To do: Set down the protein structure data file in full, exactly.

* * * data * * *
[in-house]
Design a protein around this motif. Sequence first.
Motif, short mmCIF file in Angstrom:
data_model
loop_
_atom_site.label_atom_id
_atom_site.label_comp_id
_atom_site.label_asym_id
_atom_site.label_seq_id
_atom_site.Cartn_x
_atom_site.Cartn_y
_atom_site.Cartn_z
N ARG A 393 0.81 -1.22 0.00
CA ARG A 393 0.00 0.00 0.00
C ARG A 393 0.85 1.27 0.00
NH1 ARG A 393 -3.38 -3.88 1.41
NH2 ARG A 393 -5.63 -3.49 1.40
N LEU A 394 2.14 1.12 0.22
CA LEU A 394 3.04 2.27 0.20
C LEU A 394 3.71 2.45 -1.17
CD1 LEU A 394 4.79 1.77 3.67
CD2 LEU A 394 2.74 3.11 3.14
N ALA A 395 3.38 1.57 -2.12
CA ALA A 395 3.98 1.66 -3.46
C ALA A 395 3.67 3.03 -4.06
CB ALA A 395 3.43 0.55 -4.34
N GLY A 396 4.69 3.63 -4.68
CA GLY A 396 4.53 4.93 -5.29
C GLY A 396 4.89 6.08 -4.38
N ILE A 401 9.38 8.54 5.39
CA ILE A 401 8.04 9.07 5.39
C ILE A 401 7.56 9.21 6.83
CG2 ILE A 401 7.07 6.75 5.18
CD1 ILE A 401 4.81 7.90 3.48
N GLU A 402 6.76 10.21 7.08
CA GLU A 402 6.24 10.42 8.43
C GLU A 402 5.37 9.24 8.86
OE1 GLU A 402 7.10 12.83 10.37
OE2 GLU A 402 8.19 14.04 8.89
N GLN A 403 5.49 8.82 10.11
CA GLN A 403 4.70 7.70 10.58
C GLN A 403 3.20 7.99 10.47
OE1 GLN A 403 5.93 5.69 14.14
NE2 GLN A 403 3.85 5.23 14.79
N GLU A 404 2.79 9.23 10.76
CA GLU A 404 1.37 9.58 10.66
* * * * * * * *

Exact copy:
[in-house]
Design a protein around this motif. Sequence first.
Motif, short mmCIF file in Angstrom:
data_model
loop_
_atom_site.label_atom_id
_atom_site.label_comp_id
_atom_site.label_asym_id
_atom_site.label_seq_id
_atom_site.Cartn_x
_atom_site.Cartn_y
_atom_site.Cartn_z
N ARG A 393 0.81 -1.22 0.00
CA ARG A 393 0.00 0.00 0.00
C ARG A 393 0.85 1.27 0.00
NH1 ARG A 393 -3.38 -3.88 1.41
NH2 ARG A 393 -5.63 -3.49 1.40
N LEU A 394 2.14 1.12 0.22
CA LEU A 394 3.04 2.27 0.20
C LEU A 394 3.71 2.45 -1.17
CD1 LEU A 394 4.79 1.77 3.67
CD2 LEU A 394 2.74 3.11 3.14
N ALA A 395 3.38 1.57 -2.12
CA ALA A 395 3.98 1.66 -3.46
C ALA A 395 3.67 3.03 -4.06
CB ALA A 395 3.43 0.55 -4.34
N GLY A 396 4.69 3.63 -4.68
CA GLY A 396 4.53 4.93 -5.29
C GLY A 396 4.89 6.08 -4.38
N ILE A 401 9.38 8.54 5.39
CA ILE A 401 8.04 9.07 5.39
C ILE A 401 7.56 9.21 6.83
CG2 ILE A 401 7.07 6.75 5.18
CD1 ILE A 401 4.81 7.90 3.48
N GLU A 402 6.76 10.21 7.08
CA GLU A 402 6.24 10.42 8.43
C GLU A 402 5.37 9.24 8.86
OE1 GLU A 402 7.10 12.83 10.37
OE2 GLU A 402 8.19 14.04 8.89
N GLN A 403 5.49 8.82 10.11
CA GLN A 403 4.70 7.70 10.58
C GLN A 403 3.20 7.99 10.47
OE1 GLN A 403 5.93 5.69 14.14
NE2 GLN A 403 3.85 5.23 14.79
N GLU A 404 2.79 9.23 10.76
CA GLU A 404 1.37 9.58 10.66